"Prototypes can be developed by small teams working rapidly," he said. "We don't typically worry bout things like bullet-proof stability, cross-platform issues or compatibility across multiple PC configurations. They're just little toys that help us decide what we'll really want to do when we roll out the big guns."

The practice of prototyping along these lines is not unique to Spore. But this project differs from most in that the folks at Maxis and EA decided to make some of them available to the public.

Currently, there are 11 available on the Spore site, and among them, they explore things like "the behavior of large bodies of water on uneven terrain," "the evolution of complex behavior from simple components," "a SimCity-like simulation of the spread of life and culture across a planetary surface," "gravitational attraction between particles in a cloud" and more.

Asked how his team decided what prototypes to build, Shankel said the answer was quite direct.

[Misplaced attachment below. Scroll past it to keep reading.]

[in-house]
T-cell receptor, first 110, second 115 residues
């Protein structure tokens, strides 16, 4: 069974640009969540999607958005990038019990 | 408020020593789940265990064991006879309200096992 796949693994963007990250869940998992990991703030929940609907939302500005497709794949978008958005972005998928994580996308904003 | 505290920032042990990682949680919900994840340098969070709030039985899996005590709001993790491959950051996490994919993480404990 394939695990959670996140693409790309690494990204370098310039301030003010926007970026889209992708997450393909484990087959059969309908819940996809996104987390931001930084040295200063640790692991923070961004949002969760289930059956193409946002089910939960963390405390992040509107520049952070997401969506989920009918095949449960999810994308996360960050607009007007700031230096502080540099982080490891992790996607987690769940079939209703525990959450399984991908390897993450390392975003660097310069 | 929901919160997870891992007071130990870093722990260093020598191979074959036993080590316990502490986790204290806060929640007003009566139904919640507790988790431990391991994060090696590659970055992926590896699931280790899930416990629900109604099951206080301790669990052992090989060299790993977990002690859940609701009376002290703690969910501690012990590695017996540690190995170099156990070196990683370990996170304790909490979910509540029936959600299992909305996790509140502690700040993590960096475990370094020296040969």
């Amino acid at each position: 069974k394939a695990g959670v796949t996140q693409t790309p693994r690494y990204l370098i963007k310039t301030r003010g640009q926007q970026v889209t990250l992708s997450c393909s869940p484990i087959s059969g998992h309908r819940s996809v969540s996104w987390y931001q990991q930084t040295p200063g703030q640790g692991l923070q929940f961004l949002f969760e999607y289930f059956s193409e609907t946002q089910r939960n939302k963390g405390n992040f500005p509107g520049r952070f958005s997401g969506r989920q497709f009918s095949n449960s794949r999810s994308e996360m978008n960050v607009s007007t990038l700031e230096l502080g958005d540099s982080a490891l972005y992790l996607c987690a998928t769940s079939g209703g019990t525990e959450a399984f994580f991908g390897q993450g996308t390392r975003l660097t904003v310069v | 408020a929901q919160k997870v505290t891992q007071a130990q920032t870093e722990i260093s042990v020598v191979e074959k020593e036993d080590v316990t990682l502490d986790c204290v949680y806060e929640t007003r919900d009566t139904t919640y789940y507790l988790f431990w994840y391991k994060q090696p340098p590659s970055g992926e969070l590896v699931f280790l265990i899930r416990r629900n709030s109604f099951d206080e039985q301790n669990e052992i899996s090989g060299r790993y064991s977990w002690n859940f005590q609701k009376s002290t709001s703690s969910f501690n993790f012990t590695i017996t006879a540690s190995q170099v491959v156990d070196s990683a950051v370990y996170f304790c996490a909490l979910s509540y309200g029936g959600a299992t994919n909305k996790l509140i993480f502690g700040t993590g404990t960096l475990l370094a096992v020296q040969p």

'ParticleMan,' another 'Spore' prototype, 'simulates gravitational attraction between particles in a cloud. This system was used to study such gravitational dynamics as orbits, nebula formation, star formation and particle streams from sources like pulsars and black holes.' Electronic Arts/Maxis

"In the first phase, which I think of as the research phase, our criterion was simple," he said. "Build what Will (Wright) wants."

Of course, he added, sometimes Wright didn't know exactly what he wanted and the work then tended to follow the logical conclusions of discussions.

"What I tried to do was just listen to the things that he thought were interesting," Shankel said, "think about how to synthesize two or three of his biggest ideas and present them back to him. This was the era that gave us (the prototypes) 'ParticleMan,' 'GasLight,' 'WaterBoy' and 'BIOME.' In each of these cases, we were modeling a specific dynamic that Will was interested in exploring, such as gravitational systems, star formation, wave propagation and galaxy formation."